Systems Biology


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0 Q&A 450 Views Jan 5, 2023

Understanding how genes are differentially expressed across tissues is key to reveal the etiology of human diseases. Genes are never expressed in isolation, but rather co-expressed in a community; thus, they co-act through intricate but well-orchestrated networks. However, existing approaches cannot coalesce the full properties of gene–gene communication and interactions into networks. In particular, the unavailability of dynamic gene expression data might impair the application of existing network models to unleash the complexity of human diseases. To address this limitation, we developed a statistical pipeline named DRDNetPro to visualize and trace how genes dynamically interact with each other across diverse tissues, to ascertain health risk from static expression data. This protocol contains detailed tutorials designed to learn a series of networks, with the illustration example from the Genotype-Tissue Expression (GTEx) project. The proposed toolbox relies on the method developed in our published paper (Chen et al., 2022), coding all genes into bidirectional, signed, weighted, and feedback looped networks, which will provide profound genomic information enabling medical doctors to design precise medicine.


Graphical abstract



Flowchart illustrating the use of DRDNetPro. The left panel contains the summarized pipeline of DRDNetPro and the right panel contains one pseudo-illustrative example. See the Equipment and Procedure sections for detailed explanations.

0 Q&A 2823 Views Nov 20, 2021

Translational work in rodents elucidates basic mechanisms that drive complex behaviors relevant to psychiatric and neurological conditions. Nonetheless, numerous promising studies in rodents later fail in clinical trials, highlighting the need for improving the translational utility of preclinical studies in rodents. Imaging of small rodents provides an important strategy to address this challenge, as it enables a whole-brain unbiased search for structural and dynamic changes that can be directly compared to human imaging. The functional significance of structural changes identified using imaging can then be further investigated using molecular and genetic tools available for the mouse. Here, we describe a pipeline for unbiased search and characterization of structural changes and network properties, based on diffusion MRI data covering the entire mouse brain at an isotropic resolution of 100 µm. We first used unbiased whole-brain voxel-based analyses to identify volumetric and microstructural alterations in the brain of adult mice exposed to unpredictable postnatal stress (UPS), which is a mouse model of complex early life stress (ELS). Brain regions showing structural abnormalities were used as nodes to generate a grid for assessing structural connectivity and network properties based on graph theory. The technique described here can be broadly applied to understand brain connectivity in other mouse models of human disorders, as well as in genetically modified mouse strains.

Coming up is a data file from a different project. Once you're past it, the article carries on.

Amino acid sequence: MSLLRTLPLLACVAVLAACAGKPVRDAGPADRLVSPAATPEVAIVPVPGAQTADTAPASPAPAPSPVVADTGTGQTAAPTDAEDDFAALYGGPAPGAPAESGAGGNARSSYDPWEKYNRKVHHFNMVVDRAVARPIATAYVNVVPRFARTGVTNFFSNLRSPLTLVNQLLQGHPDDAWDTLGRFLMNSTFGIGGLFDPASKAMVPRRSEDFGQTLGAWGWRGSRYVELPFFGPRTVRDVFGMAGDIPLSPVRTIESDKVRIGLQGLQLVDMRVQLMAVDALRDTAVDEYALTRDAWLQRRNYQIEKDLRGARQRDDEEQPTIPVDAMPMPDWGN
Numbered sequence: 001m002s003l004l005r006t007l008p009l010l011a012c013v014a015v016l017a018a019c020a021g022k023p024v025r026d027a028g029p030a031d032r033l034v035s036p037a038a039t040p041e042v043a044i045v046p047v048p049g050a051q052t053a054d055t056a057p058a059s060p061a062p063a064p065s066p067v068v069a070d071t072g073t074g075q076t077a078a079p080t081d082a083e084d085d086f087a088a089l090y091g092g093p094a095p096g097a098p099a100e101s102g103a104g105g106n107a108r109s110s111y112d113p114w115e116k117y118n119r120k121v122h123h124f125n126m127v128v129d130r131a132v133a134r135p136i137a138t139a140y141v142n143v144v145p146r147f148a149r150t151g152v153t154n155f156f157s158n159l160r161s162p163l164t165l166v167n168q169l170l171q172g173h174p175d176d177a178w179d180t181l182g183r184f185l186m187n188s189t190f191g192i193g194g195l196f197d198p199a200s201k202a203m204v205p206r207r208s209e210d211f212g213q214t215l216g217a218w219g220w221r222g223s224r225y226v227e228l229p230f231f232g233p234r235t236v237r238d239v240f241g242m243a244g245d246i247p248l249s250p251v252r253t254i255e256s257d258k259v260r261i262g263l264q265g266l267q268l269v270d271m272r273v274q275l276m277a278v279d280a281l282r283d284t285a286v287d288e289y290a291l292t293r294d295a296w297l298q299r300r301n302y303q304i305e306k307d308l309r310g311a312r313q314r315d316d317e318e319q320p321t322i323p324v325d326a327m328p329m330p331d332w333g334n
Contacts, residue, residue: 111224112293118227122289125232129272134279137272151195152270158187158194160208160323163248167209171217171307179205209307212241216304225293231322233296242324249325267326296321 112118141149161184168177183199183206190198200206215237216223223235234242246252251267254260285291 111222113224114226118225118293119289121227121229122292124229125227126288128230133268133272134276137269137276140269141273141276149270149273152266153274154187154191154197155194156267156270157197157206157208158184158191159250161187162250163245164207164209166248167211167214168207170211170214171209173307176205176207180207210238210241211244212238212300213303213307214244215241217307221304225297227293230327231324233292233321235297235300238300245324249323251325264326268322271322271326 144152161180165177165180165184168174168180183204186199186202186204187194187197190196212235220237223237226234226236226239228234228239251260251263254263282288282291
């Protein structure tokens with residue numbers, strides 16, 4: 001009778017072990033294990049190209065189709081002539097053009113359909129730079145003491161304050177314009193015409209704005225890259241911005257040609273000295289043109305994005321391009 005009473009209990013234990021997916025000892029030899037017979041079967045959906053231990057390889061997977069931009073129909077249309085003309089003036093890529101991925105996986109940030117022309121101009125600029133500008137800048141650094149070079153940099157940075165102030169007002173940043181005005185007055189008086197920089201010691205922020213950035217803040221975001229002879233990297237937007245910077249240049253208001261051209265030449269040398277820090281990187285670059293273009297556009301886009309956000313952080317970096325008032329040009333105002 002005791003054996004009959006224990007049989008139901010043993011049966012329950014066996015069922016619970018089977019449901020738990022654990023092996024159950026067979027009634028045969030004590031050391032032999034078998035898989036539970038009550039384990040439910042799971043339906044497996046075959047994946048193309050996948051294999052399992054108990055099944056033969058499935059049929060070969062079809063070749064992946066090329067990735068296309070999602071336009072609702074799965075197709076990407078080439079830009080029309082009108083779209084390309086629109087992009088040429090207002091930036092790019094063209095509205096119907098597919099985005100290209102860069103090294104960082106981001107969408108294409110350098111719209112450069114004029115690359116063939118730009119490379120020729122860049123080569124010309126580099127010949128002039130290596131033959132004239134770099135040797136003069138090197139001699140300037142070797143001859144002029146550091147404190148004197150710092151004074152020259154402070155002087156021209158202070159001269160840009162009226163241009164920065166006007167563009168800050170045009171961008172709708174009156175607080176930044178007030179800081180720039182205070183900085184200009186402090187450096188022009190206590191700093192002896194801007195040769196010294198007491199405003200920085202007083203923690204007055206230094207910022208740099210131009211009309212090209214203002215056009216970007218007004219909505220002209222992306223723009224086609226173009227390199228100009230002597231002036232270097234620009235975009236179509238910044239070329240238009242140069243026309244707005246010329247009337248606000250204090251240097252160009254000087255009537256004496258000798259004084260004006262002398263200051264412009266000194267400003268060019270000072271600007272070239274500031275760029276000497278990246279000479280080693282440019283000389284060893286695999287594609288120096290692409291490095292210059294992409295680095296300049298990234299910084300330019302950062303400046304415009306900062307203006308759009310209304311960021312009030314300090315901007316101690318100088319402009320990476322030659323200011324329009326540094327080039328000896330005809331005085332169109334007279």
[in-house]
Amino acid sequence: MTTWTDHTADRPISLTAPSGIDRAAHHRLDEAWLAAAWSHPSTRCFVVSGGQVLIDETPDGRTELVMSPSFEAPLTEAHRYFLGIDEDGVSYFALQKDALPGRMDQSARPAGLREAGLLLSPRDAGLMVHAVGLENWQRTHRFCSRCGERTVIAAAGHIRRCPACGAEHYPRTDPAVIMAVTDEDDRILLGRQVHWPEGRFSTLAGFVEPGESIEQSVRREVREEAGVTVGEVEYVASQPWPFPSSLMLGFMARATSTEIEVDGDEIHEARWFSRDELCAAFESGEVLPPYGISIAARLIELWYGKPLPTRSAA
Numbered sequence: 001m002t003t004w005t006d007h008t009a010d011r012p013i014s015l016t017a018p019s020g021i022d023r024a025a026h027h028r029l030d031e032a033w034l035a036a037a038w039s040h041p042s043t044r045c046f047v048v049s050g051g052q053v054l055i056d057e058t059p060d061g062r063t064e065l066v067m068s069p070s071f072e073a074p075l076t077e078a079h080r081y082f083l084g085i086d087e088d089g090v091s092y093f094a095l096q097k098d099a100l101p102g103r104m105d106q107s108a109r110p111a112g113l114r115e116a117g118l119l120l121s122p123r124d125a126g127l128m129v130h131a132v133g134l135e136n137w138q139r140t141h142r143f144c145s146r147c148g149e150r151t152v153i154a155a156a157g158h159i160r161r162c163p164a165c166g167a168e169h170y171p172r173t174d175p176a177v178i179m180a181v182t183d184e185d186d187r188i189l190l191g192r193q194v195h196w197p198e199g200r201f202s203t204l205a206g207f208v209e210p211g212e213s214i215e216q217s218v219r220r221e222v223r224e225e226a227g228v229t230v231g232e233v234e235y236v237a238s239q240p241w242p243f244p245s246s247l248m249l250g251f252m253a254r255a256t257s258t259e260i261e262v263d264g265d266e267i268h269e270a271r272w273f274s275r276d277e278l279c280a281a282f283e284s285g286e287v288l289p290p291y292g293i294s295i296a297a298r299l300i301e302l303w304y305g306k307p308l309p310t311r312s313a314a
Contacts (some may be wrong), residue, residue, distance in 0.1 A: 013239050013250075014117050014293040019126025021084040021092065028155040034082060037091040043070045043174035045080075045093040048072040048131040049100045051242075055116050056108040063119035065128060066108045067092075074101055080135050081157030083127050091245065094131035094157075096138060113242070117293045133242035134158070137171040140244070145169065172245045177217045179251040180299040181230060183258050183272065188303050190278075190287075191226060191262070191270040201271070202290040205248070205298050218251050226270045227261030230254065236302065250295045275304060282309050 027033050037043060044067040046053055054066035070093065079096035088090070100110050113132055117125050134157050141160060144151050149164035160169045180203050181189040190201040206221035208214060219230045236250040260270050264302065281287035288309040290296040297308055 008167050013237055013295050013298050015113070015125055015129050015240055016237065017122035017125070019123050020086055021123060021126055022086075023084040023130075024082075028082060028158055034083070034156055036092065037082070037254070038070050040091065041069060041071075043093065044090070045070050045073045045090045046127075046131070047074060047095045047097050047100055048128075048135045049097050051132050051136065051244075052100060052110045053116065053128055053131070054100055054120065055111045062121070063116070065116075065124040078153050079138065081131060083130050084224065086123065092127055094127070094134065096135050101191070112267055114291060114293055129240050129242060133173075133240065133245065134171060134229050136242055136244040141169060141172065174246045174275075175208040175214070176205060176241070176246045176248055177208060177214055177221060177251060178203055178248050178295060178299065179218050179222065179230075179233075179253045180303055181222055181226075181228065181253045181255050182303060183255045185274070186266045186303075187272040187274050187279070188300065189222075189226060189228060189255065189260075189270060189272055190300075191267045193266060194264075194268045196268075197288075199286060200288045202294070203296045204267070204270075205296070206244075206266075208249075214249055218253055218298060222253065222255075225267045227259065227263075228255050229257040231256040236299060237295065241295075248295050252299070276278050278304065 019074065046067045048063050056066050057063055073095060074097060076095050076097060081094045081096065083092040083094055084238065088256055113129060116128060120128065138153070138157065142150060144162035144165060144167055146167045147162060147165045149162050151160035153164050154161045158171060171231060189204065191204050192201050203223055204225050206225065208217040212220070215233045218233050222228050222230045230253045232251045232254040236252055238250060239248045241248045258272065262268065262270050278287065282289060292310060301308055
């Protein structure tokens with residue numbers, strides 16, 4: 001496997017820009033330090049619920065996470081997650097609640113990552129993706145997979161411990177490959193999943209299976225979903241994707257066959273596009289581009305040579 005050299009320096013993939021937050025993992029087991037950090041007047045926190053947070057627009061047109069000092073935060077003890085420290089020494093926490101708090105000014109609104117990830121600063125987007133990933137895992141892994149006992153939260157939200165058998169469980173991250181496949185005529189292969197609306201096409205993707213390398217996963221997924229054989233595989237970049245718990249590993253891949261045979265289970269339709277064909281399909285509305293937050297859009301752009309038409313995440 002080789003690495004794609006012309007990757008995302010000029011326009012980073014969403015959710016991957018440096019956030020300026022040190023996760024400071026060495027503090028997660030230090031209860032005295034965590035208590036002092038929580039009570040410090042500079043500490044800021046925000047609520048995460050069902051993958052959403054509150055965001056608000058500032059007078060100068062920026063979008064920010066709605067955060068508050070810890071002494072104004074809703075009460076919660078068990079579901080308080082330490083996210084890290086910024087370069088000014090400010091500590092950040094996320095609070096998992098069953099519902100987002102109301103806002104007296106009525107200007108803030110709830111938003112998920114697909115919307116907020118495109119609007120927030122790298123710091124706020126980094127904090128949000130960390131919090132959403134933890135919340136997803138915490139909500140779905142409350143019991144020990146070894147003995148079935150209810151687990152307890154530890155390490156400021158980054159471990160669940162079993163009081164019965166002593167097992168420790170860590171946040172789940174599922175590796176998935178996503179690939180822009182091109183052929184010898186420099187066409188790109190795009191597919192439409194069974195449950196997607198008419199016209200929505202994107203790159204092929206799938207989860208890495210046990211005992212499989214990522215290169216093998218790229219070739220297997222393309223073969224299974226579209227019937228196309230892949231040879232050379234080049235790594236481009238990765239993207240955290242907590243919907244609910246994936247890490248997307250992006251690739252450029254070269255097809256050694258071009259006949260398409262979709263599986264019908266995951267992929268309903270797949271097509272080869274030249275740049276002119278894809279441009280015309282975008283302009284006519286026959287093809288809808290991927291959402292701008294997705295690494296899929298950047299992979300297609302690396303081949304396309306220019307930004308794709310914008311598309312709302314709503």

Graphic abstract:



Pipeline for characterizing structural connectome in the mouse brain using diffusion magnetic resonance imaging. Scale bar = 1 mm.

0 Q&A 6318 Views Jul 20, 2019
Multibeam scanning electron microscopy (multiSEM) provides a technical platform for seamless nano-to-mesoscale mapping of cells in human tissues and organs, which is a major new initiative of the U.S. National Institutes of Health. Such cross-length-scale imaging is expected to provide unprecedented understanding of relationships between cellular health and tissue-organ as well as organismal-scale health outcomes. For example, understanding relationships between loss in cell viability and cell network connectivity enables identification of emergent behaviors and prediction of degenerative disease onset, in organs as diverse as bone and brain, at early timepoints, providing a basis for future treatments and prevention. Developed for rapid throughput imaging of minute defects on semiconductor wafers, multiSEM has recently been adapted for imaging of human organs, their constituent tissues, and their respective cellular inhabitants. Through integration of geospatial approaches, statistical and network modelling, advances in computing and the management of immense datasets, as well as recent developments in machine learning that enable the automation of big data analyses, multiSEM and other cross- cutting imaging technologies have the potential to exert a profound impact on elucidation of disease mechanisms, translating to improvements in human health. Here we provide a protocol for acquisition and preparation of sample specimen sizes of diagnostic relevance for human anatomy and physiology. We discuss challenges and opportunities to integrate this approach with multibeam scanning electron microscopy workflows as well as multiple imaging modalities for mapping of organ and tissue structure and function.



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